TONTOGANY – Otsego Local Schools hopes to use grant money to increase the safety in district buildings.

Superintendent Kevin O’Shea announced at the Sept. 28 school board meeting that he is requesting $400,000 to add a knock-out window to each classroom.

He said the window can be opened outward and will make it easier to escape a classroom in the event of an emergency.

Now, once the Boot is engaged at the door, people are locked in the classroom unless they throw a desk at the window, O’Shea said.

The Boot is a steel heel that fits at the bottom of a door and is secured with a pin. It can withstand 16,000 pounds of pressure, 8,000 per pin. The district installed them in 2016.

With the exception of 10 classrooms on the second floor of the middle school, students and staff will have a secondary exit plan.

“Once teachers engage that Boot, they’re no longer trapped in that room. They can get out of there and get away from this place,” O’Shea said.

Grant money also will be used to upgrade the PA and communications systems for the middle school and high school.

If there is a noisy classroom or involved in an activity, it is difficult to hear announcements, O’Shea said.

The work will be done even if the grant is not received, he said.

O’Shea said that he is sending two staff members and the school resource officer to critical rapid training in Napoleon in October.

He said no other district is the area has done this type of training.

Board President Brad Anderson asked for a post-training report.

In June, local law enforcement and fire departments will review the district’s safety plan, O’Shea said.

“We will bring all agencies together to talk about this place,” he said.

“To me it’s more what we’re doing, really keeping safety front and center,” said board member James Harter.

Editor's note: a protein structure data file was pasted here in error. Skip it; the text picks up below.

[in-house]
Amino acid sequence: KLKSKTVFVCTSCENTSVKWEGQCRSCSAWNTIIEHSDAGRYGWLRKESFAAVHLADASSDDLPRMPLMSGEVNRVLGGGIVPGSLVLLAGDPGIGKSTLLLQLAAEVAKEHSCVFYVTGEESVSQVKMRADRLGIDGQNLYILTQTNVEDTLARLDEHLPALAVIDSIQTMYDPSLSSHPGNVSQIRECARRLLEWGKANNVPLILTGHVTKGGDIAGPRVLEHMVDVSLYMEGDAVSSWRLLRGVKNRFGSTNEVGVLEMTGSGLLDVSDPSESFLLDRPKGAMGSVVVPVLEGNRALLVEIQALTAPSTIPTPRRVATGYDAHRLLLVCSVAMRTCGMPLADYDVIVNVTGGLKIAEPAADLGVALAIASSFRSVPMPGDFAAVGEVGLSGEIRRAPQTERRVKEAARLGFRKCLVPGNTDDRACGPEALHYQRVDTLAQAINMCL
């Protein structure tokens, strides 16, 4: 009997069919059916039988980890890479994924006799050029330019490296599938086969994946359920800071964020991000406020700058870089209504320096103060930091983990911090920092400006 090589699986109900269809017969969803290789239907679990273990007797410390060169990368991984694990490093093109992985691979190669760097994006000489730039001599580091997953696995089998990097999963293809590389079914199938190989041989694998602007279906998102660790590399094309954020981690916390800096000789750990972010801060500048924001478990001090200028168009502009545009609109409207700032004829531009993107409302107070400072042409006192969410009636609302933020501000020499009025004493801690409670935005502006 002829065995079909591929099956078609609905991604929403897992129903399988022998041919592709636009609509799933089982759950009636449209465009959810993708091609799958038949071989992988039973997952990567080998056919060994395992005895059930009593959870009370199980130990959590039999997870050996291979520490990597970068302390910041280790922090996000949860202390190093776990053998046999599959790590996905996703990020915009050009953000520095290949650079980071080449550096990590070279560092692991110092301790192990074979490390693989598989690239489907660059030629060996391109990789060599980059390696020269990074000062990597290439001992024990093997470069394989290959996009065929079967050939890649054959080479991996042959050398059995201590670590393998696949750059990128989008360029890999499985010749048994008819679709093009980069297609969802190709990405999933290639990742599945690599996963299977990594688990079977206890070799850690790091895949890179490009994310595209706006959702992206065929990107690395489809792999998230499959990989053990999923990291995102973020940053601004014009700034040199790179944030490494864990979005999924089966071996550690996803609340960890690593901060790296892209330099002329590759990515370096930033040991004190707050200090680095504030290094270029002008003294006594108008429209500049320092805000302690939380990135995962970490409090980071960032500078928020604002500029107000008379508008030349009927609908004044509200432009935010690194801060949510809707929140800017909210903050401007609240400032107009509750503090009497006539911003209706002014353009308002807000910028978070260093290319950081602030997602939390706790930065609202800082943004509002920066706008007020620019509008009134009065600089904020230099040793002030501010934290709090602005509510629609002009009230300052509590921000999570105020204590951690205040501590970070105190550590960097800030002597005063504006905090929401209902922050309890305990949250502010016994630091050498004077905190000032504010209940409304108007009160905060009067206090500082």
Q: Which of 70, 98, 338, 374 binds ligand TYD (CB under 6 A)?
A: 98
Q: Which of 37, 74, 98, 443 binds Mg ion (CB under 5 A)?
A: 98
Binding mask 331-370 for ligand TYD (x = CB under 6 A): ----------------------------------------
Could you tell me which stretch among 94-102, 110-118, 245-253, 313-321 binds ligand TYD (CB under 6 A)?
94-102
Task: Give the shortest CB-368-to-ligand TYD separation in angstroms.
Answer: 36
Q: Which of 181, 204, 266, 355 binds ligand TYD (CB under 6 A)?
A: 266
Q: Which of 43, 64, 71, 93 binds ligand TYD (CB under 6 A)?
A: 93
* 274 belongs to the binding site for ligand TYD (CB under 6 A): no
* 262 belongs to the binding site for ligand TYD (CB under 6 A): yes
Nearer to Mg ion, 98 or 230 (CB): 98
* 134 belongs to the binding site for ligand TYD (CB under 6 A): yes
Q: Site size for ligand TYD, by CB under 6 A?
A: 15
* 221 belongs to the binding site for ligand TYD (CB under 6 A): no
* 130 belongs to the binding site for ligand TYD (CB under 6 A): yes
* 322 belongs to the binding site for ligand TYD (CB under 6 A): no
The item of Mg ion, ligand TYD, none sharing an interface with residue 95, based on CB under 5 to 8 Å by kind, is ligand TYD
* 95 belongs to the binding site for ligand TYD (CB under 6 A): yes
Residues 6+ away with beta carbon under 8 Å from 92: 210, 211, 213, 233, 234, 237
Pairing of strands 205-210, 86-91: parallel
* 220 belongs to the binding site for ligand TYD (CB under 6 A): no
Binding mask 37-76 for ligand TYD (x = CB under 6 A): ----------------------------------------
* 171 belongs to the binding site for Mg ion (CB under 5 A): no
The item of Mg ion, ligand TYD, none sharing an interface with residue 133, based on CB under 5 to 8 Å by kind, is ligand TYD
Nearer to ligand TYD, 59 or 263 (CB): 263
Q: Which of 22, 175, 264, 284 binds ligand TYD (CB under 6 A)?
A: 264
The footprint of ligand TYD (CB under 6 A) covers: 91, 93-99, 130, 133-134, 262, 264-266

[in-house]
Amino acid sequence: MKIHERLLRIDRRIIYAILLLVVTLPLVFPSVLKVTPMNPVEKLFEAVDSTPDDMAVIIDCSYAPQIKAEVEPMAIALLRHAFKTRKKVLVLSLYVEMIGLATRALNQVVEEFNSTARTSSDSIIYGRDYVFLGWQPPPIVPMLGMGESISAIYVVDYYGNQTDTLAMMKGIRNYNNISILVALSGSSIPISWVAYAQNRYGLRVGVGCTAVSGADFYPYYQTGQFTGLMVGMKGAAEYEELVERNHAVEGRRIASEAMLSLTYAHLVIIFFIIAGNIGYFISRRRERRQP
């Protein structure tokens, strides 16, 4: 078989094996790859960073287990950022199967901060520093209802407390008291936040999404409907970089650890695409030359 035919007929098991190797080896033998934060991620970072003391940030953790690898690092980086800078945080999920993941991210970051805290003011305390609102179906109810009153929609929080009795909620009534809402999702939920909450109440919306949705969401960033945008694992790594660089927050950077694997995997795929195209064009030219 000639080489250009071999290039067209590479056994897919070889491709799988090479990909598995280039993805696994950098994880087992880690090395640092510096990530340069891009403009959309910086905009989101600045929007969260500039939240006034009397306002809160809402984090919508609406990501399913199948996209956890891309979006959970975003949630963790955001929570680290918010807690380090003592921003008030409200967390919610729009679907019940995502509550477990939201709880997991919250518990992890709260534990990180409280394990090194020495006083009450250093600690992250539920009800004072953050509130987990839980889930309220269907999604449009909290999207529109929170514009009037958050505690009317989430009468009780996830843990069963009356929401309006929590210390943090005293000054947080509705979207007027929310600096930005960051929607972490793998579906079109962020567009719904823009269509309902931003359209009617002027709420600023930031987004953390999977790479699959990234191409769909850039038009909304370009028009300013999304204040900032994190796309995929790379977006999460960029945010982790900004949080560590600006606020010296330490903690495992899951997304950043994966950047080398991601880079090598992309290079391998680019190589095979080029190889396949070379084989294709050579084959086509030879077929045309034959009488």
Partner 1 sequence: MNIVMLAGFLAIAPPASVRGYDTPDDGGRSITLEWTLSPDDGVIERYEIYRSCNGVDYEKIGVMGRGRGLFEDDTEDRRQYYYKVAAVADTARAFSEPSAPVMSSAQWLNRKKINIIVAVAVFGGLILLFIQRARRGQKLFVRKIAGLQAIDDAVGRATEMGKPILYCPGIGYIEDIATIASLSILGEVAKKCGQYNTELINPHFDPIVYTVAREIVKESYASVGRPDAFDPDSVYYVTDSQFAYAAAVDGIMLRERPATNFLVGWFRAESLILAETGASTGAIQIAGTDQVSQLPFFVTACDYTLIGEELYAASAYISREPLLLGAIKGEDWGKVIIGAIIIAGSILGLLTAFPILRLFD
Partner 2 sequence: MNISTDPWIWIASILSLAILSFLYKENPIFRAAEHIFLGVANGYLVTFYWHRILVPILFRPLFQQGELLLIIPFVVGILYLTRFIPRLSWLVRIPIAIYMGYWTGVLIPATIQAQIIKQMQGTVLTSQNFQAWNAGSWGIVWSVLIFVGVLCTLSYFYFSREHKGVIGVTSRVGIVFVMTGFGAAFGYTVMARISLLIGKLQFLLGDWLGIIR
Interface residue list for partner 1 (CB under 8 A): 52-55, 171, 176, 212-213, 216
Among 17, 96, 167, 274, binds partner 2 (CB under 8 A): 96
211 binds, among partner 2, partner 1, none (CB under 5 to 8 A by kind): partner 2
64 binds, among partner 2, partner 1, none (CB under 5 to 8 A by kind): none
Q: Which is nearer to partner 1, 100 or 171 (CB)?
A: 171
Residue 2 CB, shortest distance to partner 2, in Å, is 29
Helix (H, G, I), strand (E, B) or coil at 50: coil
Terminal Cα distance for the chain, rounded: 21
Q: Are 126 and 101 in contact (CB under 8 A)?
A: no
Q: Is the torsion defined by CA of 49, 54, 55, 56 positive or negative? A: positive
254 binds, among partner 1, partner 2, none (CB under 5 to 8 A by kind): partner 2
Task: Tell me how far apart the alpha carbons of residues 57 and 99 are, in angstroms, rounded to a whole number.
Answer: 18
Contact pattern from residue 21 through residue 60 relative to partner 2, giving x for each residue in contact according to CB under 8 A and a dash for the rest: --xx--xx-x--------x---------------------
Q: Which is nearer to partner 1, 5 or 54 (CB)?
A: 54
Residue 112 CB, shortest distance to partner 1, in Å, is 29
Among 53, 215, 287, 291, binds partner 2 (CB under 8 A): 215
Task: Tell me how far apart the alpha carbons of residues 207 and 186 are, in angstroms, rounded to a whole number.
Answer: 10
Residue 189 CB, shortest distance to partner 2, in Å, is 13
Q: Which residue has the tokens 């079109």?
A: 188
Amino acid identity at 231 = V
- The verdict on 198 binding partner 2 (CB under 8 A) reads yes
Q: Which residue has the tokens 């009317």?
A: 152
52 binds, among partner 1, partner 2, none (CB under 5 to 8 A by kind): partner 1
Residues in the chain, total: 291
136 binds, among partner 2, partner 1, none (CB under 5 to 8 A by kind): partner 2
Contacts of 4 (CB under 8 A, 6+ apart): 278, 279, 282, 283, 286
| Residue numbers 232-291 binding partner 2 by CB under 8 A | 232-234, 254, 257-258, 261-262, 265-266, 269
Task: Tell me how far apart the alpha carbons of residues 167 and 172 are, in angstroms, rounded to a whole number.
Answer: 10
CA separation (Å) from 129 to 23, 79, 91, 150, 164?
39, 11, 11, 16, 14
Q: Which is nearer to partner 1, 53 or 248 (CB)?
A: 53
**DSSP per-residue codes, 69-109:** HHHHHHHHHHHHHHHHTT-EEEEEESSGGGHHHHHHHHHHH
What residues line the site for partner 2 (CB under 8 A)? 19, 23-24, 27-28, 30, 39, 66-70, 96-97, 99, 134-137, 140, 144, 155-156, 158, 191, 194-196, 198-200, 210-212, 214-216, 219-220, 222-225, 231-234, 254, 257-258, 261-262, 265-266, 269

He said he would like an estimate cost of the work, with or without grant funding, and suggested a quarterly safety update.

At the June board of education meeting, member Mark Tolles said the district should utilize available tools, including arming teachers, to keep students safe from terrorists.

The district’s current policy states that no one, except the school resource officer, is allowed to carry firearms on school property.

That policy remains unchanged.

Also at the meeting, the board:

• Heard O’Shea said he was pleased with the findings on the recent state report card.

“We have a lot to be happy about,” he said.

One through five stars were given in the areas of Achievement, Progress, Gap Closing, Graduation and Early Literacy. Otsego received 3, 2, 4, 4 and 4 stars, respectively.

“It’s a snapshot of how our district is doing,” O’Shea said.

• Heard district resident Gretchen Sommerfeld explain why she applied for the Weston Public Library Board of Trustees.

The school board must approve any new trustee.

Sommerfeld said she has lived in Grand Rapids for 27 years and was in her 30s when she enrolled in college.

Her goal is to make Weston and its sister library in Grand Rapids the hubs of their communities.

She also would like to see the board meet every month instead of every other month; form a finance committee, which is required in the bylaws; and set strategic goals.

Sommerfeld also is on the zoning board of appeals in Grand Rapids.